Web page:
Sandro Botticelli was born in Florence in 1445. The most humanistic of the Renaissance painters, he was at first apprenticed to a goldsmith. He became, in 1465, a pupil of Fra Filippo Lippi’s, and remained with him for about two years. It is believed that he later worked with Verrocchio and with the Pollaiuolo brothers, from whom he learned precise drawing. Some time around 1474, Botticelli became the favored painter of the Medici and their intellectual circle. Like them, the artist subscribed to Neo-platonism: an esoteric philosophical and literary theory blending paganism into Christianity and professing a spiritual union with God.
It was for the Medici that Botticelli painted fresco panels (now lost), many portraits, and his two most famous works, “Spring” and “The Birth of Venus”. His paintings are sensitively beautiful in soft tender colors, graceful, harmonious, and glowing in line. They are expressive of an intellectual and moral questioning, a humanistic spirit and a melancholy personal poetry.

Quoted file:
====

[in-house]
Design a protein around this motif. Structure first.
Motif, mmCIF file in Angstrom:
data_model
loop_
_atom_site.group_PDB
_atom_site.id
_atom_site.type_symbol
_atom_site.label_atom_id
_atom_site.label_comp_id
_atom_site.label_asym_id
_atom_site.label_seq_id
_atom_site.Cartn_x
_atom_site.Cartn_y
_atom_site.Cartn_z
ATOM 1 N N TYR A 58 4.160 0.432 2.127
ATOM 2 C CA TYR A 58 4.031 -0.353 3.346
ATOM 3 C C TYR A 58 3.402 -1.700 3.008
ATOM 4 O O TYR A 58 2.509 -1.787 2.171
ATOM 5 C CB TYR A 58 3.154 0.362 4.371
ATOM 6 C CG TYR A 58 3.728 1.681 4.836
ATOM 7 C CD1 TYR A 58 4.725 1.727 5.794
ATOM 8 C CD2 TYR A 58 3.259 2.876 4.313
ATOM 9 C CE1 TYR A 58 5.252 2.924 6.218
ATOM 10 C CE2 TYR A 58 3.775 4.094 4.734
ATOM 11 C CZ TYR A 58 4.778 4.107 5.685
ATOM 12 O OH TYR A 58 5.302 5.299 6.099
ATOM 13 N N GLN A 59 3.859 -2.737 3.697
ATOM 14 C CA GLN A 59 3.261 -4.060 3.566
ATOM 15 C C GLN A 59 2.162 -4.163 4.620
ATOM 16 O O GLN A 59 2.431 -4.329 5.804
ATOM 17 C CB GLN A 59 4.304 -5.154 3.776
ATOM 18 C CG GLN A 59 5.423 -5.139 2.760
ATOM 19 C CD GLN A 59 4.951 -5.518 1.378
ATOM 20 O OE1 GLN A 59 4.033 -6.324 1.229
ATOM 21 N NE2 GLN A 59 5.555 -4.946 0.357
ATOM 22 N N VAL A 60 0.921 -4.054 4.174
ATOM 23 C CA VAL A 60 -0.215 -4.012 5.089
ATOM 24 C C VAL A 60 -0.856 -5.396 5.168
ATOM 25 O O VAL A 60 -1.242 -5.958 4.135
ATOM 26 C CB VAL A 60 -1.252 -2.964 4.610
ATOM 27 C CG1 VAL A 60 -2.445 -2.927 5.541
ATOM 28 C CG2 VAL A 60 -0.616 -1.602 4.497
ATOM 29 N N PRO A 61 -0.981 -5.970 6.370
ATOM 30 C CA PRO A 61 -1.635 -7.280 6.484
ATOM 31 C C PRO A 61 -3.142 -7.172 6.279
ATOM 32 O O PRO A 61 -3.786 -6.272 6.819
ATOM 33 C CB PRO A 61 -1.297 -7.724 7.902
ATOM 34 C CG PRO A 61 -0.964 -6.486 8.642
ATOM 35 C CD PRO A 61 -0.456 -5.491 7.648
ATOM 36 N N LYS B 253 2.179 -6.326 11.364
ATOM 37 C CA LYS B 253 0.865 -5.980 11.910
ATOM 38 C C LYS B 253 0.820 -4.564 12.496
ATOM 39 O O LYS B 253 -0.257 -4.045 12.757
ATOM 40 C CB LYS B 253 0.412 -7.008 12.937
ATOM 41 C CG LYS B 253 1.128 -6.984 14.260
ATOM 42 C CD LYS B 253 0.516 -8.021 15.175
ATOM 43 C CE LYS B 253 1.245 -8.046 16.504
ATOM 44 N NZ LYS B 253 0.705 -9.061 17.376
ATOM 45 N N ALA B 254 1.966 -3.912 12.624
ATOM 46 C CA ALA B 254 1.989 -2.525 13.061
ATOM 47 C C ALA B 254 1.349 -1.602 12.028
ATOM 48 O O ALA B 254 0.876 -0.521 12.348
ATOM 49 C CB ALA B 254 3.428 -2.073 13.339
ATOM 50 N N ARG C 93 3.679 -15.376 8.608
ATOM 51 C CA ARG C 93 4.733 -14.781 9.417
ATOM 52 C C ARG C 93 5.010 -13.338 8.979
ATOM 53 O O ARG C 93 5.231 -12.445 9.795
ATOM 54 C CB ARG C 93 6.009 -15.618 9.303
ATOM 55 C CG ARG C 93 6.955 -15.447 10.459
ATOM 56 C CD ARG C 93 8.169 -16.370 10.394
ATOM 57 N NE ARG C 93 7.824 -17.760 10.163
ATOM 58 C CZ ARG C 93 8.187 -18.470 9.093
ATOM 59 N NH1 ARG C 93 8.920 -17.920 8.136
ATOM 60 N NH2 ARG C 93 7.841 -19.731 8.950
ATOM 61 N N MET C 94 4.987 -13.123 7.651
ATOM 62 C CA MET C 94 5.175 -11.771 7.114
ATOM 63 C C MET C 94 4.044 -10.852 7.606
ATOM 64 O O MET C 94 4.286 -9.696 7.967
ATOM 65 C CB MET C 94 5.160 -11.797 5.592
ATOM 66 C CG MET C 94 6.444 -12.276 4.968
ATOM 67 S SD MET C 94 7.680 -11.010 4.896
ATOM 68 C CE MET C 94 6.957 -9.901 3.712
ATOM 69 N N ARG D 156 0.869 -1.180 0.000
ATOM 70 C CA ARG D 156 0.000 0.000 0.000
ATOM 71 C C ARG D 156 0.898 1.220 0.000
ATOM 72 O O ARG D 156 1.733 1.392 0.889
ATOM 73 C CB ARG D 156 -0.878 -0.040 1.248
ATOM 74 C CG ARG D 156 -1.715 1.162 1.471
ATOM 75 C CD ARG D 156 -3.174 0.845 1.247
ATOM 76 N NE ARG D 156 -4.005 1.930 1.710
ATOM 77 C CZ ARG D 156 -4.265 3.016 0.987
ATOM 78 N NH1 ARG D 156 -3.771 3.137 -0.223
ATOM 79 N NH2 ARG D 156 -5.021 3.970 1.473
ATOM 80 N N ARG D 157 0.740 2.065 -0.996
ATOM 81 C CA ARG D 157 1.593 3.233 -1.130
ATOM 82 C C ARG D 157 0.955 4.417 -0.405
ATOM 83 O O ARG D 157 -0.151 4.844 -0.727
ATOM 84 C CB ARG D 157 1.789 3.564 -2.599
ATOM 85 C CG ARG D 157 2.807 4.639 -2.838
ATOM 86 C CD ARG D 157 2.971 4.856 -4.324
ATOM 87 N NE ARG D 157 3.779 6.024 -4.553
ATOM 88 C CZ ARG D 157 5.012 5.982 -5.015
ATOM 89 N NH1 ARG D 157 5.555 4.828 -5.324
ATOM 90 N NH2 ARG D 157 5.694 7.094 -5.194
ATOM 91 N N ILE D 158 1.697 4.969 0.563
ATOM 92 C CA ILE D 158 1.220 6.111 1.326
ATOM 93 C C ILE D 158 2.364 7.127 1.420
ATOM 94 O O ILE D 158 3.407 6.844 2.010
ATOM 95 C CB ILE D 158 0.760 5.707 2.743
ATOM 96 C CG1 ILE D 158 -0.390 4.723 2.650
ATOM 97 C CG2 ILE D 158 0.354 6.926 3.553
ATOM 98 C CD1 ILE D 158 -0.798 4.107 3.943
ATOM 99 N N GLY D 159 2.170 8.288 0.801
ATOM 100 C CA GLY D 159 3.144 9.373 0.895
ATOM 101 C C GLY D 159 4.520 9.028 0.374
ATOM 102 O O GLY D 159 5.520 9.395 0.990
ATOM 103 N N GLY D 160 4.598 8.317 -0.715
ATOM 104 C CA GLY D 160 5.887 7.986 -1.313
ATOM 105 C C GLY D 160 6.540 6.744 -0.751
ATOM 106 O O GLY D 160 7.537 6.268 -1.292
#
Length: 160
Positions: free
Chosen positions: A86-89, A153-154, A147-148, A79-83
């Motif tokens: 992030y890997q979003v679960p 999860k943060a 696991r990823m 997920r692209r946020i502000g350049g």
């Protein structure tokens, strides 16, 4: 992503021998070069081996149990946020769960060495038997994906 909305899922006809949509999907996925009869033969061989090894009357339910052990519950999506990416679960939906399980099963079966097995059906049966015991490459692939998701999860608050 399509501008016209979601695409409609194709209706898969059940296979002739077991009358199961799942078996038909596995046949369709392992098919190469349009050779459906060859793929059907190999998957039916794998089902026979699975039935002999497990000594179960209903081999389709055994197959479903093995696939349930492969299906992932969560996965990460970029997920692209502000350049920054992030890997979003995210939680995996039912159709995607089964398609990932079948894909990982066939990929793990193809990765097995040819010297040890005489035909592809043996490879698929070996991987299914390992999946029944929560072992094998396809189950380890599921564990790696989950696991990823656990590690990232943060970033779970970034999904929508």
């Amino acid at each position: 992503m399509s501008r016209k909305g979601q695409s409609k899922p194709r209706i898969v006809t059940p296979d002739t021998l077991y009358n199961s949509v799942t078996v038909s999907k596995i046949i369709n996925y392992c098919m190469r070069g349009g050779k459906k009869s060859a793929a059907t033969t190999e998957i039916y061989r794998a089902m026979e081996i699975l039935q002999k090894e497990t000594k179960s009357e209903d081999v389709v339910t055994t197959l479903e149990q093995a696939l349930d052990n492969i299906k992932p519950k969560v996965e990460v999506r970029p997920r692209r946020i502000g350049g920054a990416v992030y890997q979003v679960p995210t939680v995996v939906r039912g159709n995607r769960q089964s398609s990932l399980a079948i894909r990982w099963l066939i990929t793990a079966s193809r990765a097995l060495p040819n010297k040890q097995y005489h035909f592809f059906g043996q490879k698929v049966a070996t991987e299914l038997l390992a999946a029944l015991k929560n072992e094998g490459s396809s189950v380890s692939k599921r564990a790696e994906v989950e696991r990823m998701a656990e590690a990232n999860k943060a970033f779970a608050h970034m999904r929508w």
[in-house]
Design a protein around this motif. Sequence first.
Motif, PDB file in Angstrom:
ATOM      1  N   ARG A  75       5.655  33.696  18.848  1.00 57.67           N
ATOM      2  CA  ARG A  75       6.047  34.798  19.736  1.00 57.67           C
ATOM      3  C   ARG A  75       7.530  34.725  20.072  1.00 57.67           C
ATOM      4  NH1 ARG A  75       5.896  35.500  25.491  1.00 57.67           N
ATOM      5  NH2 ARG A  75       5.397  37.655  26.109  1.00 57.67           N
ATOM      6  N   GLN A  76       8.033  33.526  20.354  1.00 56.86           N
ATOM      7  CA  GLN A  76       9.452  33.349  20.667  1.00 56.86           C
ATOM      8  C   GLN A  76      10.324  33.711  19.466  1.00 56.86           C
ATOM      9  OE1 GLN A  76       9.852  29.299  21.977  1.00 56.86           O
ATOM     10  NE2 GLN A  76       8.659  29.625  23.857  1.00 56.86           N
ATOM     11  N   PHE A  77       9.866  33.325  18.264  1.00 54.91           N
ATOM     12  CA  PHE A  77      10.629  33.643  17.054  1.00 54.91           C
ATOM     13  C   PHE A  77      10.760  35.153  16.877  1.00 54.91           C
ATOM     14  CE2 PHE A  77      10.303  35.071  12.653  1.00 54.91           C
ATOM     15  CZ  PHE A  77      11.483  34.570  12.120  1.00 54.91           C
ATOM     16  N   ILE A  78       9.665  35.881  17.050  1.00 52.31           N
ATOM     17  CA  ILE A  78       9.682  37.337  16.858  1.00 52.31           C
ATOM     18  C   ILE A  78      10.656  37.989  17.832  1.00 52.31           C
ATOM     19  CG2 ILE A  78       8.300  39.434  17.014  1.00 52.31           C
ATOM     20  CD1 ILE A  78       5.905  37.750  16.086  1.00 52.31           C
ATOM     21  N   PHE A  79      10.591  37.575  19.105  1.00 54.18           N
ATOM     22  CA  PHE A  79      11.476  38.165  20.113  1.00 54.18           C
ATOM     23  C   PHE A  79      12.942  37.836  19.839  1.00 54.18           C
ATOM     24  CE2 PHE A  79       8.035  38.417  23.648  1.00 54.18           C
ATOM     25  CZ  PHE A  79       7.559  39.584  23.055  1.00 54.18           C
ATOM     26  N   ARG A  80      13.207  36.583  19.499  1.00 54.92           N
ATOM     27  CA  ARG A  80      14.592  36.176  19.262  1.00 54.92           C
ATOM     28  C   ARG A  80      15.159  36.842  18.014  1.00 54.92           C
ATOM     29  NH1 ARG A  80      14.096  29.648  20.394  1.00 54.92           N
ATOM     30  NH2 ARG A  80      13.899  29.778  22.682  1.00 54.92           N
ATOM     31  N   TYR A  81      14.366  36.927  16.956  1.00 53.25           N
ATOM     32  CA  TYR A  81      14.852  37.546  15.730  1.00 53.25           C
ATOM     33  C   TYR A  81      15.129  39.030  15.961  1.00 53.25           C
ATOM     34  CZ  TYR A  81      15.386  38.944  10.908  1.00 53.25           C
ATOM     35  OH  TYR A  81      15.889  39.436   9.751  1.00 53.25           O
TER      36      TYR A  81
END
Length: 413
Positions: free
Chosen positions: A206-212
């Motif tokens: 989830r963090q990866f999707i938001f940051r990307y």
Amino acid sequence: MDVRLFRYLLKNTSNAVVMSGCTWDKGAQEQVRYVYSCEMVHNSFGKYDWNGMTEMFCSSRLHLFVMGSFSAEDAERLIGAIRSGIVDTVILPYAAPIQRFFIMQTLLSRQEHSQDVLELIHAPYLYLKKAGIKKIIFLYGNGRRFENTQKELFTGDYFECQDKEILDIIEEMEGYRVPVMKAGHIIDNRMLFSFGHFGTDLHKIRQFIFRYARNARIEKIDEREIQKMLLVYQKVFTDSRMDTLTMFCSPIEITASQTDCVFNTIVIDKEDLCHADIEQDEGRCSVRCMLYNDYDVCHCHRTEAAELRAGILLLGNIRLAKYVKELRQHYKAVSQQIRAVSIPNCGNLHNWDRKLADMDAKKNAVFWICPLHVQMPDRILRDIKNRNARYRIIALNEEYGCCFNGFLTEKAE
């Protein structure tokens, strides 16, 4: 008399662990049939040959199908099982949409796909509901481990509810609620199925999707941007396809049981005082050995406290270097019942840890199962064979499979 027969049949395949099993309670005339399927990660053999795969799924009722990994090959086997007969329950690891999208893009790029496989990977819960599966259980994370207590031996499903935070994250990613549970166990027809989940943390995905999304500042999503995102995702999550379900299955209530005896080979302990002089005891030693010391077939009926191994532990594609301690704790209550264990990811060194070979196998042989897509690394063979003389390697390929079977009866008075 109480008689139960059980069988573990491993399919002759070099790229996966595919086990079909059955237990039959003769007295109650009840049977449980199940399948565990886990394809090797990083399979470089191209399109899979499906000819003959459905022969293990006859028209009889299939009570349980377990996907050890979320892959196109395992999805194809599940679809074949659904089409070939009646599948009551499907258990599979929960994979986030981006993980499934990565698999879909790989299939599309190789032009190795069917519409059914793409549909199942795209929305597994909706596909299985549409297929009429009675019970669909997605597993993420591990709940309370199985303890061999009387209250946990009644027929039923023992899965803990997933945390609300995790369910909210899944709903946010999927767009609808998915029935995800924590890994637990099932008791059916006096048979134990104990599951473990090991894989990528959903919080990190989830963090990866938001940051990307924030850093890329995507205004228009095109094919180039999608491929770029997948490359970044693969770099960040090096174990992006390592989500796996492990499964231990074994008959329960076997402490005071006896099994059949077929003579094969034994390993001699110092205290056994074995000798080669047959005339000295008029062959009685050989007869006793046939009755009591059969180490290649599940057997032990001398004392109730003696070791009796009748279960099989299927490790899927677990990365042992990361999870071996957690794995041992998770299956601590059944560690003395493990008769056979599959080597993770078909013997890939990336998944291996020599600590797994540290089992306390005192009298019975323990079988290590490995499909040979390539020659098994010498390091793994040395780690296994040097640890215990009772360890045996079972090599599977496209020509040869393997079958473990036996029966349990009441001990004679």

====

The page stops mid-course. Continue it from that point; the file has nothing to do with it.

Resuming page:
In Botticelli’s next period, which began in the mid-1480’s, he painted his section of the frescoes of the Sistine Chapel. The composition here is more solid and monumental. Lorenzo de’Medici died in 1492, and his successors were forced to leave Florence when the fanatical preacher Savonarola, who was eventually burned at the stake, attacked the “pagan” cult of the Medici. As a result, Botticelli, who became one of Savonarola’s followers, is said to have destroyed several of his own works. He continued to paint austere works indicative of intensive emotions and concerned with religious rather than secular subjects, but with little change in his style. After Savonarola’s death in 1498, Botticelli, poor and ill, painted very little. He died in 1510.